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North American Business Strategies Towards Climate Change

Author

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  • Jones, Charles A.
  • Levy, David L.

Abstract

Business has become a key part of the fabric of global environmental governance, considered here as the network which orders and regulates economic activity and its impacts. We argue that businesses generally are willing to undertake limited measures consistent with a fragmented and weak policy regime. Further, the actions of businesses act to create, shape and preserve that compromised regime. We examine three types of indicators of business responses in North America: ratings by external organizations, commitments regarding emissions, and joint political action. We find business response to be highly ambiguous, with energetic efforts yielding few results.

Suggested Citation

  • Jones, Charles A. & Levy, David L., 2007. "North American Business Strategies Towards Climate Change," European Management Journal, Elsevier, vol. 25(6), pages 428-440, December.
  • Handle: RePEc:eee:eurman:v:25:y:2007:i:6:p:428-440
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    Citations

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    Cited by:

    1. Markus J. Milne & Suzana Grubnic, 2011. "Climate change accounting research: keeping it interesting and different," Accounting, Auditing & Accountability Journal, Emerald Group Publishing, vol. 24(8), pages 948-977, October.
    2. Martina Linnenluecke & Andrew Griffiths & Peter Mumby, 2015. "Executives’ engagement with climate science and perceived need for business adaptation to climate change," Climatic Change, Springer, vol. 131(2), pages 321-333, July.
    3. Jeremy Galbreath, 2011. "To What Extent is Business Responding to Climate Change? Evidence from a Global Wine Producer," Journal of Business Ethics, Springer, vol. 104(3), pages 421-432, December.
    4. Sarasini, Steven, 2013. "Institutional work and climate change: Corporate political action in the Swedish electricity industry," Energy Policy, Elsevier, vol. 56(C), pages 480-489.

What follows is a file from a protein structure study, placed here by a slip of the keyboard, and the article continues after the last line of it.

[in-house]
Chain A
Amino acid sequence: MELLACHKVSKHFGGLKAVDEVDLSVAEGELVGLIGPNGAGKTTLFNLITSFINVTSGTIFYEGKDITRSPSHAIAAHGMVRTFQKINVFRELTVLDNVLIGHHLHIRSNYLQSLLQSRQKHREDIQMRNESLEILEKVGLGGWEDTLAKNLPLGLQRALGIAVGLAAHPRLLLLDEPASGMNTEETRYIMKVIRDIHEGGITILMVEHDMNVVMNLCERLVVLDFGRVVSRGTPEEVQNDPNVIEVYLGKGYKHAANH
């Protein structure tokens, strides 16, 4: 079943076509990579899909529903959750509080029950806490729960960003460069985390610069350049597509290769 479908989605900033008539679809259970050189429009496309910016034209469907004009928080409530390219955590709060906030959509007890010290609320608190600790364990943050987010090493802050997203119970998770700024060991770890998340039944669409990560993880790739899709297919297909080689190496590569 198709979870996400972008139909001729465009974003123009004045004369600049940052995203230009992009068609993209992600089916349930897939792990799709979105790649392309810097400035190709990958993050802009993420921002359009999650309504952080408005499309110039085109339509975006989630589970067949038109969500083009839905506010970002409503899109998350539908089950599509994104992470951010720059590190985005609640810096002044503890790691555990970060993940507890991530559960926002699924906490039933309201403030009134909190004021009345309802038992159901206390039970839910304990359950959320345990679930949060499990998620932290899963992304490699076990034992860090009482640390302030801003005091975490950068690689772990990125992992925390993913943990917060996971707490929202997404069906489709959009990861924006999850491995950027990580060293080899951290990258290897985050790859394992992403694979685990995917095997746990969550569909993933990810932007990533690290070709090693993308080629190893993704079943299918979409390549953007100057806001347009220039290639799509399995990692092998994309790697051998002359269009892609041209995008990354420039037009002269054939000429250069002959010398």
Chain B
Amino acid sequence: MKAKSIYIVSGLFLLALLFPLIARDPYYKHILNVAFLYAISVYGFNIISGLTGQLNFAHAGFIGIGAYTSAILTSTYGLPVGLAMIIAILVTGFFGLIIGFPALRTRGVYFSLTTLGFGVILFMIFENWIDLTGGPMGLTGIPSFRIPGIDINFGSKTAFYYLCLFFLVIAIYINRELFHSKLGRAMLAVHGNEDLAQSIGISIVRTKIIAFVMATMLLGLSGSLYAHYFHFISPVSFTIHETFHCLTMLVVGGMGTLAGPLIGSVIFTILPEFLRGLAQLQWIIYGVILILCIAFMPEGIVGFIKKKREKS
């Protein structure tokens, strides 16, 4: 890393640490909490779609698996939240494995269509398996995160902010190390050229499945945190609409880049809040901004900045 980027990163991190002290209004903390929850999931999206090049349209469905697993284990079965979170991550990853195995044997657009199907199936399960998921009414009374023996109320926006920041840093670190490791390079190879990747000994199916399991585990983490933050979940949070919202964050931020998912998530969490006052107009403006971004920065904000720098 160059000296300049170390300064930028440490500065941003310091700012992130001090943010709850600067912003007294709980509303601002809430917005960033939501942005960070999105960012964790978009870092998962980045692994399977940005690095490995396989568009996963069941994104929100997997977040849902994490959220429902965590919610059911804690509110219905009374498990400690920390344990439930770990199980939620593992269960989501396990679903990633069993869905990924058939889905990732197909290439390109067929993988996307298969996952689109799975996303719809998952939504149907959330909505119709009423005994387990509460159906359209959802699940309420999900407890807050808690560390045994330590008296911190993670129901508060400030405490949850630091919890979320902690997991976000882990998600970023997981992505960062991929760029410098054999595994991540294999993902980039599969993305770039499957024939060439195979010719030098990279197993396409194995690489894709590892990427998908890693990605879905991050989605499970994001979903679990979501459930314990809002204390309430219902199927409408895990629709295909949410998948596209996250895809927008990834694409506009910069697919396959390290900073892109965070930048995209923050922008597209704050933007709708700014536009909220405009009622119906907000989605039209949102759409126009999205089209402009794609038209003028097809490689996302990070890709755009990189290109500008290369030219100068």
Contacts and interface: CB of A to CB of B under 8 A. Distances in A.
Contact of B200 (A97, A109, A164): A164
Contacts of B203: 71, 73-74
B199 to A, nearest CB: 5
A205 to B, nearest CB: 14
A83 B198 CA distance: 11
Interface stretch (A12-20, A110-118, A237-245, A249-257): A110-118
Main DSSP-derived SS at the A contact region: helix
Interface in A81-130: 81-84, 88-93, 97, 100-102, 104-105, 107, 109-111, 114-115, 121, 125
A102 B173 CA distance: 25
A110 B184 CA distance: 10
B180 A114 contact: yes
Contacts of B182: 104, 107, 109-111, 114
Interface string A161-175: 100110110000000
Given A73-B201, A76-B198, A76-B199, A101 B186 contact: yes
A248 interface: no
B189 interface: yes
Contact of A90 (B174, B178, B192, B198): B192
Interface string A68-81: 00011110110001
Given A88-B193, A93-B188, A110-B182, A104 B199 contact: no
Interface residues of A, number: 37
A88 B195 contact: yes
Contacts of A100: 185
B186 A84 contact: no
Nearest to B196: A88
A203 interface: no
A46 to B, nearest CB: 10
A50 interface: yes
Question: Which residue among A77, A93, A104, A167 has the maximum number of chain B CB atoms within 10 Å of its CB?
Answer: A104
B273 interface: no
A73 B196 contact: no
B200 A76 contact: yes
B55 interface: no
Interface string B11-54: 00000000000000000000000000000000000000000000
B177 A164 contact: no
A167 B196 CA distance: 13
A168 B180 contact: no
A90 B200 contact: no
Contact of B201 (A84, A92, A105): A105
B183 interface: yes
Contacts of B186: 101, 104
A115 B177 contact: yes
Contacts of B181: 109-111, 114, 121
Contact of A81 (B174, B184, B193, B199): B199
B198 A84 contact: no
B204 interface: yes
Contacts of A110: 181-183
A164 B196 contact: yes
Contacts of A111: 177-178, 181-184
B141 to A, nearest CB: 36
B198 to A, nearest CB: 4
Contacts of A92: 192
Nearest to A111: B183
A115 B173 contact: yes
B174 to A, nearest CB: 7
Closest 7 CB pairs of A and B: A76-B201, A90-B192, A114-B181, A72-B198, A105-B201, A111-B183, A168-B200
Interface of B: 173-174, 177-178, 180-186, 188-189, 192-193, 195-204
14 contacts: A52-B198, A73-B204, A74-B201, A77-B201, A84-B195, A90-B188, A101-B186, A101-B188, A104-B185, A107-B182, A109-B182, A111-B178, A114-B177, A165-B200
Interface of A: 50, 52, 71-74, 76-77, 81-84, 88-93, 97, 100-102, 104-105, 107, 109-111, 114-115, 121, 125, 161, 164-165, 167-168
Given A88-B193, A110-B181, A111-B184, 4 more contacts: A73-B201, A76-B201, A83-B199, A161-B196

5. Olivier Boiral, 2010. "Peut-on mesurer les performances de développement durable?," CIRANO Working Papers 2010s-11, CIRANO.
    6. Thomas, Sebastian, 2014. "Blue carbon: Knowledge gaps, critical issues, and novel approaches," Ecological Economics, Elsevier, vol. 107(C), pages 22-38.
    7. John Byrne & Job Taminiau, 2016. "A review of sustainable energy utility and energy service utility concepts and applications: realizing ecological and social sustainability with a community utility," Wiley Interdisciplinary Reviews: Energy and Environment, Wiley Blackwell, vol. 5(2), pages 136-154, March.
    8. Whiteman, G.M., 2011. "Making Sense of Climate Change: How to Avoid the Next Big Flood," ERIM Inaugural Address Series Research in Management EIA-2011-045-ORG, Erasmus Research Institute of Management (ERIM), ERIM is the joint research institute of the Rotterdam School of Management, Erasmus University and the Erasmus School of Economics (ESE) at Erasmus University Rotterdam..
    9. Burkard Eberlein & Dirk Matten, 2009. "Business Responses to Climate Change Regulation in Canada and Germany: Lessons for MNCs from Emerging Economies," Journal of Business Ethics, Springer, vol. 86(2), pages 241-255, March.
    10. Turnheim, Bruno & Geels, Frank W., 2012. "Regime destabilisation as the flipside of energy transitions: Lessons from the history of the British coal industry (1913–1997)," Energy Policy, Elsevier, vol. 50(C), pages 35-49.
    11. David Talbot & Olivier Boiral, 2015. "Strategies for Climate Change and Impression Management: A Case Study Among Canada’s Large Industrial Emitters," Journal of Business Ethics, Springer, vol. 132(2), pages 329-346, December.

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